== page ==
Sparing the Breast Doesn't Spoil Your Chances
WebMD News Archive
He tells WebMD that keeping track of what happens to these
patients a decade or more after their breast cancer is important because it
provides more proof that lumpectomy is safe.
This study adds to a large body of medical data showing that
lumpectomy is not associated with higher rates of death than mastectomy,
according to Stephen B. Edge, MD, who reviewed the study for WebMD.
"It's important that we continue to see what the
information from these trials shows," he tells WebMD. "More and more
people are alive and well many years after breast cancer, and it's important
for us to be able to tell them what the long-term outlook is."
Edge, who is chief of breast surgery at Roswell Park Cancer
Institute in Buffalo, N.Y., says the European study agrees with a large
American trial that included women with tumors as large as 4 cm who were
"Basically, people have been willing to do lumpectomies up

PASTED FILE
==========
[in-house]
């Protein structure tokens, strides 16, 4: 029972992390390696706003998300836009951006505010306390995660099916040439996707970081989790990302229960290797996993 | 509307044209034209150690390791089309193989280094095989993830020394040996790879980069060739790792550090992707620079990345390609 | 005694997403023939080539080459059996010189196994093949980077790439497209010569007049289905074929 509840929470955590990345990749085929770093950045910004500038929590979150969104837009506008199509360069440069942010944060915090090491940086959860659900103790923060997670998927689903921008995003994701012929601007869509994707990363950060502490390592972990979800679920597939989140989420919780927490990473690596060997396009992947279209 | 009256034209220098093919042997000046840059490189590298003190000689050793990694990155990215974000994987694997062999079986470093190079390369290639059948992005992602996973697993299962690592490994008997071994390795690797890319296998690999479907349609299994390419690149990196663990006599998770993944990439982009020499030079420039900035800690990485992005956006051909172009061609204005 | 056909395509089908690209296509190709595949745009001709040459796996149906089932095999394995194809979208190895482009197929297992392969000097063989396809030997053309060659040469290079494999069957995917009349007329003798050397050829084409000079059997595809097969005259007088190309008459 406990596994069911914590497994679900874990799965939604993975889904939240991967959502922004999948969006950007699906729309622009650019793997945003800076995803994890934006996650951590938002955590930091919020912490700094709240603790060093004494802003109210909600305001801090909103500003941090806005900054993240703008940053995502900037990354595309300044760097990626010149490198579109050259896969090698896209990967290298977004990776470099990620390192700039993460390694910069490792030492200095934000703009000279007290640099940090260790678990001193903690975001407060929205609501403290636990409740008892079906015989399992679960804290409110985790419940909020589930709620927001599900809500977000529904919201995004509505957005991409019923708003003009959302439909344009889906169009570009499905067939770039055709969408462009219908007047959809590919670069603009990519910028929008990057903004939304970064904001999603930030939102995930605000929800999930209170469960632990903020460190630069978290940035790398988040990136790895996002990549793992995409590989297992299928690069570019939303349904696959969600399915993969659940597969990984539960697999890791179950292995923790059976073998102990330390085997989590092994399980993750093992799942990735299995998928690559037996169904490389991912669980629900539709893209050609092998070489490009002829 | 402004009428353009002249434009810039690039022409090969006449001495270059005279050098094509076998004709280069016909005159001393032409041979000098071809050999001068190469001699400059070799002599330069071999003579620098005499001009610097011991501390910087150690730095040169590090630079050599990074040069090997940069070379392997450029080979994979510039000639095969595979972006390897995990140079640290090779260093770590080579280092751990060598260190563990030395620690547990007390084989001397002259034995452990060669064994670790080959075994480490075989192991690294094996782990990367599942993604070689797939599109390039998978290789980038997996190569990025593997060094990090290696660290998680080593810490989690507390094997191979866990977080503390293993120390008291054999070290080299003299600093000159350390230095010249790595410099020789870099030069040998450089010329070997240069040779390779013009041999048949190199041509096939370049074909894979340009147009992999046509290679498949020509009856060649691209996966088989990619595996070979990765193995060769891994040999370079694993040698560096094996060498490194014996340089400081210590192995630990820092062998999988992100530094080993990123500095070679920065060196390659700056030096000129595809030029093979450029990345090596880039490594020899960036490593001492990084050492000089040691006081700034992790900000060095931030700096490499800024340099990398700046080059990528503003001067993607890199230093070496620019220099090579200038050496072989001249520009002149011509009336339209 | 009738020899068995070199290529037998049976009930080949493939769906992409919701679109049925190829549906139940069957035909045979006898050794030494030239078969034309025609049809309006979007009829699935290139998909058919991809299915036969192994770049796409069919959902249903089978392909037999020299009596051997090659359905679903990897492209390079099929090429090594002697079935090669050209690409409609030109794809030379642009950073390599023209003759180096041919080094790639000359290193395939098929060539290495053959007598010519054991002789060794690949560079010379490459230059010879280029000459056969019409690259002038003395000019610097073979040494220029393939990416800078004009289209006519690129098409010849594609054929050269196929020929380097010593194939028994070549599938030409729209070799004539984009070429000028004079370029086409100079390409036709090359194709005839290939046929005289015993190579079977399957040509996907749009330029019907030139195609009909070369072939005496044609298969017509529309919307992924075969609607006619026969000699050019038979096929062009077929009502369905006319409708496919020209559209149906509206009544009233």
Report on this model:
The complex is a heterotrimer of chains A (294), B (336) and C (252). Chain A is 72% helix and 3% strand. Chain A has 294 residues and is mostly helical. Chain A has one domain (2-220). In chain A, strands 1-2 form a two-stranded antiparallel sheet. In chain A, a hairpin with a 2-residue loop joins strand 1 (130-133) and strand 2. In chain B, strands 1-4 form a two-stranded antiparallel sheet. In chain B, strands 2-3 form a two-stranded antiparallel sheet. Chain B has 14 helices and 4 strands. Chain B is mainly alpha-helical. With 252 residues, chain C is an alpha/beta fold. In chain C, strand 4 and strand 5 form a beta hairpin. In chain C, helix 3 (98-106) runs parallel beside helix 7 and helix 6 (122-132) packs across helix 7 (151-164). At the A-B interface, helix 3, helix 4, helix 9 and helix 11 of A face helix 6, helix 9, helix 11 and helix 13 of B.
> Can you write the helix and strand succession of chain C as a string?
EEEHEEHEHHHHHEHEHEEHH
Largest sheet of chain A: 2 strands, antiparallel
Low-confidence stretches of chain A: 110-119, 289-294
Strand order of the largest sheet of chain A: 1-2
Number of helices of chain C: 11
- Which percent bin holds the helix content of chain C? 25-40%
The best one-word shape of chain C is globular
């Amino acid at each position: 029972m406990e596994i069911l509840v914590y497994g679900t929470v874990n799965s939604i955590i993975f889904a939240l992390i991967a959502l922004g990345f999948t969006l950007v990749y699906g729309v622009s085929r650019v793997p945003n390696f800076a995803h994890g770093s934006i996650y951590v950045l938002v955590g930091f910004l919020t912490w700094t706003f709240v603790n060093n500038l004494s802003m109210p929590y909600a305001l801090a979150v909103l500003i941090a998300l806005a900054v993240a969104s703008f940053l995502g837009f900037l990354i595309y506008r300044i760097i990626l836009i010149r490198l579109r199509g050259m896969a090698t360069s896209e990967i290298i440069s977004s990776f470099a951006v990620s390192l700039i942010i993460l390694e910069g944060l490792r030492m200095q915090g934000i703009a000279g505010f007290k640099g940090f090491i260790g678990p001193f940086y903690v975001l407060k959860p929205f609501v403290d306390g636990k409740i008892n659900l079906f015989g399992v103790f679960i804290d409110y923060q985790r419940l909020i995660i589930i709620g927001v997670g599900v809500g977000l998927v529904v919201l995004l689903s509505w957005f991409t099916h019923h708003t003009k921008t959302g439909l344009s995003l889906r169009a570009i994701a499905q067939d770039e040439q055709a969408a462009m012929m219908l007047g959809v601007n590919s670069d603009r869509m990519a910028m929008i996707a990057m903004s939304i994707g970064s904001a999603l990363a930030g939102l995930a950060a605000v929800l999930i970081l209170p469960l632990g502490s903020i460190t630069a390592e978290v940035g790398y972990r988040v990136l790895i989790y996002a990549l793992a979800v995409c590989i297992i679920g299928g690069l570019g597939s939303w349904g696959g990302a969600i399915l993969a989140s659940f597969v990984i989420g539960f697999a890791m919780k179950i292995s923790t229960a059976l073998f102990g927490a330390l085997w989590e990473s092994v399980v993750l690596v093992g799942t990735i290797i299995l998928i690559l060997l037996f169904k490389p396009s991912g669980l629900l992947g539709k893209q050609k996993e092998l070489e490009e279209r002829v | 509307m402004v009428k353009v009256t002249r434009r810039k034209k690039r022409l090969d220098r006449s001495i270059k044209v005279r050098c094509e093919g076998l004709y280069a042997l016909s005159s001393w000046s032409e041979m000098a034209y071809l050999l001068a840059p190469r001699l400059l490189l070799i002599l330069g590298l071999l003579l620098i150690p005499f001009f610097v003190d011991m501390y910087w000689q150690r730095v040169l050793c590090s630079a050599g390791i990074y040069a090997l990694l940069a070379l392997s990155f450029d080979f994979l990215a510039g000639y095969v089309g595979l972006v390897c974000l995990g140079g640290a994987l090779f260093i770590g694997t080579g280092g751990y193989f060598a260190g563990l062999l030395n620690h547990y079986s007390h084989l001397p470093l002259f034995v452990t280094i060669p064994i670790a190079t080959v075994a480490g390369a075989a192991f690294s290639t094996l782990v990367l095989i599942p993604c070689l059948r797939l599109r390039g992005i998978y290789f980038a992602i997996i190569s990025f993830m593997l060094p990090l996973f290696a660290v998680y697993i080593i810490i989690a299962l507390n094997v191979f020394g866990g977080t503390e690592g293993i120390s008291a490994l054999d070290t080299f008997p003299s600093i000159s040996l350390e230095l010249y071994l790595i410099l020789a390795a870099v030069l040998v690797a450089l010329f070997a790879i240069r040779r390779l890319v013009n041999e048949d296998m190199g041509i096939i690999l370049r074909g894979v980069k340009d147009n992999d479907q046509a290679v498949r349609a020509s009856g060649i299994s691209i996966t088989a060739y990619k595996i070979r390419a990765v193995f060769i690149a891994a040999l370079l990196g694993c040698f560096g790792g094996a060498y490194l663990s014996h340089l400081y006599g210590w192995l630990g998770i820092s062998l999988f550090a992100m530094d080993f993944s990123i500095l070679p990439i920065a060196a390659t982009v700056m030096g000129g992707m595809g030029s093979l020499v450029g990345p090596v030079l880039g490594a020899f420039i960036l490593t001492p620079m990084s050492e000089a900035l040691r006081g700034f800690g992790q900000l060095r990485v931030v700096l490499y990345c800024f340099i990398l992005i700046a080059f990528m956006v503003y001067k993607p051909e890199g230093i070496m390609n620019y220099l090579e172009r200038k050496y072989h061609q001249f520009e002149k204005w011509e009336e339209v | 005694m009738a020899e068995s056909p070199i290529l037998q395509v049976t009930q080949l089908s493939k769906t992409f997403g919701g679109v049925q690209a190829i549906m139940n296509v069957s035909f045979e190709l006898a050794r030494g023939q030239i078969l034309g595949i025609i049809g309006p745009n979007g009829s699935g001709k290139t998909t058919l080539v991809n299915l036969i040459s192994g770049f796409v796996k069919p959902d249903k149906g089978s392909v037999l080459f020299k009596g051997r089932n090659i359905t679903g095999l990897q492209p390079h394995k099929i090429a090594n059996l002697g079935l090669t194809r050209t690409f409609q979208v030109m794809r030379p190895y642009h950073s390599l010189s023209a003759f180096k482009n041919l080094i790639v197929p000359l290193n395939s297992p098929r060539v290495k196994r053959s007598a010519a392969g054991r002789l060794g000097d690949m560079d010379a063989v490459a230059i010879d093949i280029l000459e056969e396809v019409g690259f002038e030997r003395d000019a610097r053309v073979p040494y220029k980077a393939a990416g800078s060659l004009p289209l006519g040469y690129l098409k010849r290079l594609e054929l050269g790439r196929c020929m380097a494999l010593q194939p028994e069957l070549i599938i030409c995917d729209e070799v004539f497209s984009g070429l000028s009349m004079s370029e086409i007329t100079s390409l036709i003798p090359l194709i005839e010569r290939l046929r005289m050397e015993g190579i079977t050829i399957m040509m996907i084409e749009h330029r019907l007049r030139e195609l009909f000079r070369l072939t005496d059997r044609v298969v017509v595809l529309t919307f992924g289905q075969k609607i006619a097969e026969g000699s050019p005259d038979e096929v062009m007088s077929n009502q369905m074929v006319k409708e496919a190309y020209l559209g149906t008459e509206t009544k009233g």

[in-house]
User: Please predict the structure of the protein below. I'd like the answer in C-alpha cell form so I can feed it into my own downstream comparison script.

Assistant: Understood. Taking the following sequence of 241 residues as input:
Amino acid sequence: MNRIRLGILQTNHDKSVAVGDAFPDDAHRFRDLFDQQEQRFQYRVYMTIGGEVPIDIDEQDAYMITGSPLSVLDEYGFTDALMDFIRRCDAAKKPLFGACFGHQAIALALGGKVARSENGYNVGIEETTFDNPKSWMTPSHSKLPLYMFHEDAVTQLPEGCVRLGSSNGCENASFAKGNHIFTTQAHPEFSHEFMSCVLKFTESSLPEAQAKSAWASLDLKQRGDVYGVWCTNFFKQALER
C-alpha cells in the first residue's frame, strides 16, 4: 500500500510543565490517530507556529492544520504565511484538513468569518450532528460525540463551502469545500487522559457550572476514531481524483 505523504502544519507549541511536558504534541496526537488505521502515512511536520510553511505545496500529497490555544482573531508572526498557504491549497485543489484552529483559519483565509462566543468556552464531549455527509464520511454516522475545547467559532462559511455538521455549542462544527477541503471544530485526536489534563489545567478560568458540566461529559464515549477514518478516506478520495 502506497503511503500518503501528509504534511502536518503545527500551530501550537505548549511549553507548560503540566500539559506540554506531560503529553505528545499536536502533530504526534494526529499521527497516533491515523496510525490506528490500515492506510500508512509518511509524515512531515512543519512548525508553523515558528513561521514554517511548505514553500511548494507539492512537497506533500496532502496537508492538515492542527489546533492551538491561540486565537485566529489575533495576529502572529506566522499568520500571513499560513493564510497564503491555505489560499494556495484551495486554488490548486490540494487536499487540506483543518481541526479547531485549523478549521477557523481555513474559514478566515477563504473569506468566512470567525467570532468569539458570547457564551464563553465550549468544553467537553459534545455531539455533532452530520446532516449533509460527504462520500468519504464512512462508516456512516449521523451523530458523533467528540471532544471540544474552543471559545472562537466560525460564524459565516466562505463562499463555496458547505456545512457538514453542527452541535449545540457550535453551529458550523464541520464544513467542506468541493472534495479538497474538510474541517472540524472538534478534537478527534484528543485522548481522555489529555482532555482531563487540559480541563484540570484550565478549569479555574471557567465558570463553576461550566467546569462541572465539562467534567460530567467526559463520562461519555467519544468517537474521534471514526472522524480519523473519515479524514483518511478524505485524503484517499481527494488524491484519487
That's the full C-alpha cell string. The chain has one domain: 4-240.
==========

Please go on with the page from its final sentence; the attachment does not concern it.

to 4-5 cm without much hesitation as long as the lesion is small enough in
relation to the size of the breast," he says. For example, a woman with a
large breast might be more of a candidate for lumpectomy to remove a larger
tumor than a smaller-breasted woman, in whom removal of a large amount of
tissue might leave a cosmetically unacceptable result. In addition to the
actual tumor, doctors also must remove tissue around the tumor that may contain
microscopic cancer cells, so the actual size of what needs to be removed can
But overall, Edge says the findings are encouraging for women
faced with a difficult decision. "This study further supports the statement
that if you are appropriately treated with lumpectomy, you are not in any way
jeopardizing your life by preserving your breast."
For more information from WebMD, visit our Disease and
Conditions Breast Cancer